Kirkpatrick Leaves Family House After More Than 7 Years

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Dear SECU Family House friends,

As 2012 closes out, I can’t help but reflect with pride and love on all that SECU Family House has accomplished in just under five years: 114,000 guest stays provided to families from all 100 of North Carolina’s counties, 35 states, and 8 foreign countries; a House that has operated without debt since it opened; and a home that our guests consistently describe as a lifeline—a refuge, a sanctuary, a Godsend—in a time of crisis.

Friends, after more than 7 years with SECU Family House at UNC Hospitals, I have stepped down as executive director, with my last day served as December 31, 2012. This is a good time for me to move back into nonprofit consulting in the Triangle and, perhaps, across the state and beyond.

It’s also a good time for the organization. I leave its administration to a strong and stable staff. Janice Ross, whom most of you know in her role as house manager, will serve as interim executive director while the board conducts its search for a replacement. I will serve as a consultant to the board and staff as needed beyond the end of the year so as to effect a seamless transition. I also leave the organization in excellent financial condition, with no debt, an operating reserve, and a generous endowment.

This is an important juncture for the House. We need to expand our footprint. We continue to explore the possibility of engaging in a campaign to raise the money necessary to expand and add 20-26 bedrooms. For two years now, we have turned away 60% of the families who are referred to us by UNC Hospitals, matching them up instead with one of our local hotel partners that offer them very generous discounts.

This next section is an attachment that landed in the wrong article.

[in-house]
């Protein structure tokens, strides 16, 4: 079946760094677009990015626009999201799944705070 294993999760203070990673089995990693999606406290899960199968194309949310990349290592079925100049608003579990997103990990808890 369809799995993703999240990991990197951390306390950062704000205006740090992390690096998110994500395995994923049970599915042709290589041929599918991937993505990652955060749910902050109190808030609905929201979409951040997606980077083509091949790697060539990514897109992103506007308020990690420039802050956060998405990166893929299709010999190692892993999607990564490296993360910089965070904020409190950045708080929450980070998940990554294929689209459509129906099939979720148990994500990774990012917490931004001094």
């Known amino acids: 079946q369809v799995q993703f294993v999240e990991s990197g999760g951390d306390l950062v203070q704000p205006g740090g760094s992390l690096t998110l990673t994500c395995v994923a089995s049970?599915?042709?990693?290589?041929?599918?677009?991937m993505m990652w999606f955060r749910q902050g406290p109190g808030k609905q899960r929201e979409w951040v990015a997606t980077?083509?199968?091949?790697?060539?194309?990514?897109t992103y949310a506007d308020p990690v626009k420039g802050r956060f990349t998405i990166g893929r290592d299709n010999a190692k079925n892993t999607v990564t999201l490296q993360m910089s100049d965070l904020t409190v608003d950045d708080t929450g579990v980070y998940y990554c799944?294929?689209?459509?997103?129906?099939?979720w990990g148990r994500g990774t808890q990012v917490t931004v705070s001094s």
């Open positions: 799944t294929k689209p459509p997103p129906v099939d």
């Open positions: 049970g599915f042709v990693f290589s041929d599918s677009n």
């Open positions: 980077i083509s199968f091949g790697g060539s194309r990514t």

We are in a position to succeed in a campaign. A bit of history provides some context:

• After the SECU Foundation made its $2M challenge grant in 2005, I was hired to raise what the Board believed to be the final $2M of a $5M capital campaign. We realized early on that $5M would not get us the building that many of the founders had envisioned and helped to design. Long story short: three successive Boards, a steering committee and I worked together to secure an additional $5.1M ($8.1M cumulatively) in gifts and brought a long-held dream to fruition. The House, as it now stands, thrives—and, as you know, provides refuge, comfort, food, shelter, and hope to thousands of guests each year.
• We assumed ownership of the House with no debt, a $1M endowment, and $400,000 in operating reserves.
• In our first five years of operations, we have built up an additional $500,000 for a capital replacements fund from operating surpluses. This fund provides a buffer against the sudden need to replace big ticket capital items.

Since our doors opened, we have benefited from tremendous community support and strong leadership: I have worked closely with seven of the best board presidents I could imagine, from Mike Maxwell at the start to Jim Copeland, and in between enjoyed the support and encouragement of presidents Matt Hapgood, Mark Zack, Katie Early, Tom Shea, and Dana McMahan.

I have seen many similar hospitality houses across the country, but I have yet to see one that is as beautiful as SECU Family House at UNC Hospitals.

More importantly, I have never stood in one that I knew to be as invested with the depth of love and support that I witness from our volunteers and staff every day of the year. Of all the many gifts I take away from this incredible experience, I treasure most the various gifts of self (and selflessness) that I regularly witness from our volunteers and our guests. With their affection, gratitude, and generosity of spirit, patients and guests have taught me to be more patient, more loving, and more joyful—lessons one could wait a lifetime to learn.

With continuing gratitude and great affection,



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